Some of the poorest and most vulnerable in our society will face the prospect of being forced from their homes, for the ‘crime’ of having a spare room. According to the National Housing Foundation two thirds of those affected are disabled. People simply cannot afford to pay; many will go into debt rather than be forced to move from their home
Lobby Stroud District Council
6pm on Thurs Oct 10th
At Council Offices, Ebley Mill, Stroud
Then Public Meeting at 7.45pm
At The Exchange, Brick Row, Stroud
We demand Stroud District Council:
- Commit to no evictions due to rent arrears from the Bedroom Tax for any council tenants and will pursue all measures to persuade other providers of social housing to adopt the same policy.
- According to the 1985 Housing Act a bedroom should be more than 70 square feet. So any social housing room smaller than this and deemed a bedroom, is unsuitable and should be re-designated.
Increase the building programme of social housing to a level that reflects the needs of Stroud District.
- Call on Housing Associations not to use ‘Ground 8’ against ‘assured tenants’ as this takes away a judge’s discretion about the granting of a possession order.
- Call a meeting with Housing Associations to plan how to protect tenants from the Bedroom Tax.
- Use its legal powers to bring empty homes into use.
Write off rent arrears for Bedroom Tax and top up the government’s discretionary housing payment fund.
Labour claim they will scrap the tax in 2015.
But we need more than election promises – Call an amnesty now!
There has been widespread anger and disgust at the reductions to Housing Benefit Entitlement, introduced in April 2013, more commonly known as the Bedroom Tax. Social housing tenants in receipt of housing benefit payments, excluding those in receipt of a state pension, will face reductions of 14% if deemed to have one spare bedroom and 25% if deemed to have two spare bedrooms. The Stroud News and Journal reported on the case of a 61 year old disabled man, living alone in a two bedroom council apartment, who faces a £16.32 cut to his housing benefit. Stress and anxiety will be caused to those who are the most vulnerable, as the prospect of increasing rent arrears mean either moving home or face possible eviction.
This measure is about blaming the most vulnerable in society for overcrowding due to a lack of affordable accommodation. The Homes and Communities Agency stated only 50 ‘affordable new housing units’ were built in Stroud District in 2011/12, down from 60 the previous year. There are simply not enough one and two bedroom properties available for anyone forced to downsize from a property with so called spare bedrooms. The SDC’s ‘Council New Build Programme’ report stated, ‘demand is primarily for one and two bedroom properties’, in October 2012 there were 1,859 applicants for one bedroom social housing property and 848 applicants for two bedroom properties, in April 2012 there were 2,703 households on the SDC’s waiting list, nearly double from 2002. Plans to build a total of 150 social housing units by March 2018 will not solve the shortfall. If the tax is implemented, many people will be forced into unsuitable temporary accommodation.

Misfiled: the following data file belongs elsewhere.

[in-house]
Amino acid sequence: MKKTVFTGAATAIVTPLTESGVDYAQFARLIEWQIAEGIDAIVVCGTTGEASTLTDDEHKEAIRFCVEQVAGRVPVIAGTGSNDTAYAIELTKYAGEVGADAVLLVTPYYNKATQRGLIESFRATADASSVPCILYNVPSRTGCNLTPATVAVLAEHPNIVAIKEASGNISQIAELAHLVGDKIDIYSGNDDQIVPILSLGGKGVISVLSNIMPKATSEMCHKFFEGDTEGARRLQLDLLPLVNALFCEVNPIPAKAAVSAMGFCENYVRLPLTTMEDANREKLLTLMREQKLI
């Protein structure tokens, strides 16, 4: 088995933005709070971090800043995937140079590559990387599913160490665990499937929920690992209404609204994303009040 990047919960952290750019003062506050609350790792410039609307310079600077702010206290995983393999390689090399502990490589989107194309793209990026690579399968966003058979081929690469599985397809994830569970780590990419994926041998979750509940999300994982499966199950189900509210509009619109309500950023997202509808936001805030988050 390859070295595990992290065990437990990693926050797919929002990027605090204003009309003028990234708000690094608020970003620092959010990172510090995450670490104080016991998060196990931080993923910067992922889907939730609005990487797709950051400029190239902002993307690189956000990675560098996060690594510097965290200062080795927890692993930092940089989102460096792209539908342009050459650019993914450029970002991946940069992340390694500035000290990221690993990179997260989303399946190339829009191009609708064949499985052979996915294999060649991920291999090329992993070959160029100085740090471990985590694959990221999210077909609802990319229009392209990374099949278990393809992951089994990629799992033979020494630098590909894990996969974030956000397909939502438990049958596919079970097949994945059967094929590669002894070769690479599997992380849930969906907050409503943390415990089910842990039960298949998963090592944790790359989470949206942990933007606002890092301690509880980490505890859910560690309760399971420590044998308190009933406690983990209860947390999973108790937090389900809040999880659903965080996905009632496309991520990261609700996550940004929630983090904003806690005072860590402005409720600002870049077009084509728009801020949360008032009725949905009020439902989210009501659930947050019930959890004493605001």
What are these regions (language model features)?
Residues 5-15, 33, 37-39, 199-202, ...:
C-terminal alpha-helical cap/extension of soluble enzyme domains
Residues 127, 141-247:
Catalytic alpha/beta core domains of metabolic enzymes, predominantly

The cost of providing temporary accommodation will be enormous. If people are forced into the private rented sector the housing benefit bill will rise. A family forced from two bed social housing to a one bed flat in the private sector, would claim on average £1,500 more per year in housing benefit, according to the National Housing Federation. Added to this some Stroud properties have been adapted for the needs of disabled people, some through local authority grants, the national average cost is £6,000. Not only will resources have been wasted but SDC could face re-adaption costs if the Bedroom Tax is implemented.